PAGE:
MARTIN: I know, how about that, right, if you're just joining us you're listening to TELL ME MORE from NPR News. We're talking about the first ever Twitter debate for presidential candidates. It took place yesterday. It was among the Republican candidates; not the whole field but a good, you know, part of it. Joining us are Mary Kate Cary, columnist and blogger for U.S. News and World Report. Also with us, Jordan Raynor of Engage DC.
That's a firm that advises Republican candidates in social media strategy. So, Jordan what was your highlights and lowlights?
RAYNOR: Yeah, it was interesting to watch. The number one thing that stuck out to me was how incredibly slow the opening remarks were. I, you know, I kept track of it and between opening statements and closing statements which were obviously pre-prepared tweets from these candidates it took a 50 of the 90 minutes of this quote unquote debate.
RAYNOR: It was really disappointing. You know, and I've managed stuff like this before where you're doing these sort of Twitter interviews and it is always slower than you would expect it to be, but I would have hoped that the parties putting together this debate would have done a little bit more research and taken that into account because, I mean, more than half of the debate was, you know, pre-prepared remarks, which was, you know, a little bit unfortunate.
You know, and then on top of that we only got to six direct questions of the...
RAYNOR: ...of the people so that they broke the format into two sets of questions. One, were general questions open to all the candidates and there was this great free-for-all of all these candidates trying to jump in and get their voice heard on these issues, which that was fun to watch. So that was a highlight for me. But and then there were these specific questions from individuals on Twitter who were able to ask questions and then they directed them at specific candidates.
We only got to six of those questions in an hour and a half, so...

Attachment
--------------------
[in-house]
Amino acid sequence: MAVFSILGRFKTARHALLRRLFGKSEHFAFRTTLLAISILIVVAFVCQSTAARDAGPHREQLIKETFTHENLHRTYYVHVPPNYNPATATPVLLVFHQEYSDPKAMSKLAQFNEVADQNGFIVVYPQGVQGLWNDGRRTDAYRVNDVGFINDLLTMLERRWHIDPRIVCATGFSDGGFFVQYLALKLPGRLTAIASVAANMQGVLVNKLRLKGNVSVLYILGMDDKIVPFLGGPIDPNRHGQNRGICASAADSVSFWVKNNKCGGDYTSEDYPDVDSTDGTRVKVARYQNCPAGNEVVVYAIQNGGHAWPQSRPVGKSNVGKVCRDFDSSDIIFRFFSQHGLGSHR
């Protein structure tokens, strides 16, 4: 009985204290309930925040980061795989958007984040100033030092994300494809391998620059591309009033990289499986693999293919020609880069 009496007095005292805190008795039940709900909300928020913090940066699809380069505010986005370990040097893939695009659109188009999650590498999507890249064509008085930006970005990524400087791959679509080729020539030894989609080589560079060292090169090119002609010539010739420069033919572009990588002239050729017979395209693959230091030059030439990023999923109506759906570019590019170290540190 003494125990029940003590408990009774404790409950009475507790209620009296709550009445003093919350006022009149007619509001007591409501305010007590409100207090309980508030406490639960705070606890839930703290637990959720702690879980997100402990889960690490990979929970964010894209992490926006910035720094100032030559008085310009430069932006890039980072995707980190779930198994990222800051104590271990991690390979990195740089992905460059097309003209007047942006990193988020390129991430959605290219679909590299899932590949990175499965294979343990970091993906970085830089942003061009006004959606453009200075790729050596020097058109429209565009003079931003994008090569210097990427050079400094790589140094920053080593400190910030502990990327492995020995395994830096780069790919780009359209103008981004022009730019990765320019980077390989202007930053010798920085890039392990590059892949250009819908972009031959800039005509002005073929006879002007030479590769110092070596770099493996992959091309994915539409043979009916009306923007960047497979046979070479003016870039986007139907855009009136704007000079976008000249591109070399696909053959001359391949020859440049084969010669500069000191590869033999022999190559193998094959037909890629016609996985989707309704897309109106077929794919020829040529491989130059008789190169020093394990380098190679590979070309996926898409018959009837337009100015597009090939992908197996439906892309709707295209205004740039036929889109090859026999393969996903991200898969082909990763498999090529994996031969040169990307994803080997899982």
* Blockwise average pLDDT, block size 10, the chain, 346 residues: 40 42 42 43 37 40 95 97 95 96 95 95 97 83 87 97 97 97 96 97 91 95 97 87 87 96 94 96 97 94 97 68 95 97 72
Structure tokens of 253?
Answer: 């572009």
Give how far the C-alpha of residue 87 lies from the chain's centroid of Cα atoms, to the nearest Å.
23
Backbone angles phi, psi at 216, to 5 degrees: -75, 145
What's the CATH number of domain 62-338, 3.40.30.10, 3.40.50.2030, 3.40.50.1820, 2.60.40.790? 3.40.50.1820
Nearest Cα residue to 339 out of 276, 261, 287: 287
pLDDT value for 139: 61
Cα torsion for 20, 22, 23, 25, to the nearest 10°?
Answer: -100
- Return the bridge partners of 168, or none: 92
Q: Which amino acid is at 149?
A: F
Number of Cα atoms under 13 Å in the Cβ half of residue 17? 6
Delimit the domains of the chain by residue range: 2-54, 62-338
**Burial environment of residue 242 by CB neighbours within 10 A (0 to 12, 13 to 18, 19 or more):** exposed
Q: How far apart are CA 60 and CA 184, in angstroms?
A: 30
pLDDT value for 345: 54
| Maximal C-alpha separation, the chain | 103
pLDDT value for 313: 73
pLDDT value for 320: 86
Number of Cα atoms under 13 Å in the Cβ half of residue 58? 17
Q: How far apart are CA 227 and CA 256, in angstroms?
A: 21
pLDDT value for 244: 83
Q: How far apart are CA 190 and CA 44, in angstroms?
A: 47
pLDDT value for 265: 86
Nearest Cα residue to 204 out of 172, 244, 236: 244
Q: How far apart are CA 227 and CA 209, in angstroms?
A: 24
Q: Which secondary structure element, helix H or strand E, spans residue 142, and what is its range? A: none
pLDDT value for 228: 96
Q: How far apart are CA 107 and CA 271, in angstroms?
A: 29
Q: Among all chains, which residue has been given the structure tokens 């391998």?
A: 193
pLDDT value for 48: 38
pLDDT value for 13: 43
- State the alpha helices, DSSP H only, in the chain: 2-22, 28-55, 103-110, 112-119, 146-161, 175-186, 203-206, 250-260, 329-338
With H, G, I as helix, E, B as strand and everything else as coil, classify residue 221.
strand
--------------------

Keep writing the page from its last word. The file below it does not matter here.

MARTIN: Right, yeah.
RAYNOR: ...it was a little disappointing. I will say though, you know, one of my concerns going into the debate.
MARTIN: Not being able to ask enough questions because your guests have too much to say well, gee. When does that ever happen?
MARTIN: But I digress. But go ahead and Jordan you were saying, go ahead.
RAYNOR: Exactly, but, you know, it was I was worried on the front end before the debate that the only questions that were going to get asked were by really influential Twitter accounts. People that had more than a 1,000, you know...
RAYNOR: ...you know, 2,000 followers. That wasn't the case.
RAYNOR: Out of the six people whose questions were asked they had an average of 546 Twitter followers which was a pretty good number. Like, I was impressed with that. So that was neat.
MARTIN: So, you're saying that I don't like this term but I can't think of another one at the moment.
MARTIN: Real people actually did get to ask questions? It wasn't kind of a directed experience?
CARY: Yeah, I think that for...
MARTIN: It really was a more of a free-for...
CARY: Which is ironic because you weren't sure...
CARY: ...it was really the candidates like, you know...
CARY: ...Michele Bachmann's name was Team Bachmann...
MARY KATE CARY: Which made you think every time a question came up she would, like, yell out to a bullpen of 20-year-olds, hey, how do I say this 140 characters, you know?
MARTIN: But that's really the way people govern, though. I mean, is it really that important that they be doing this themselves? Because, really, they, you know, you have a team.
CARY: Well, that's true.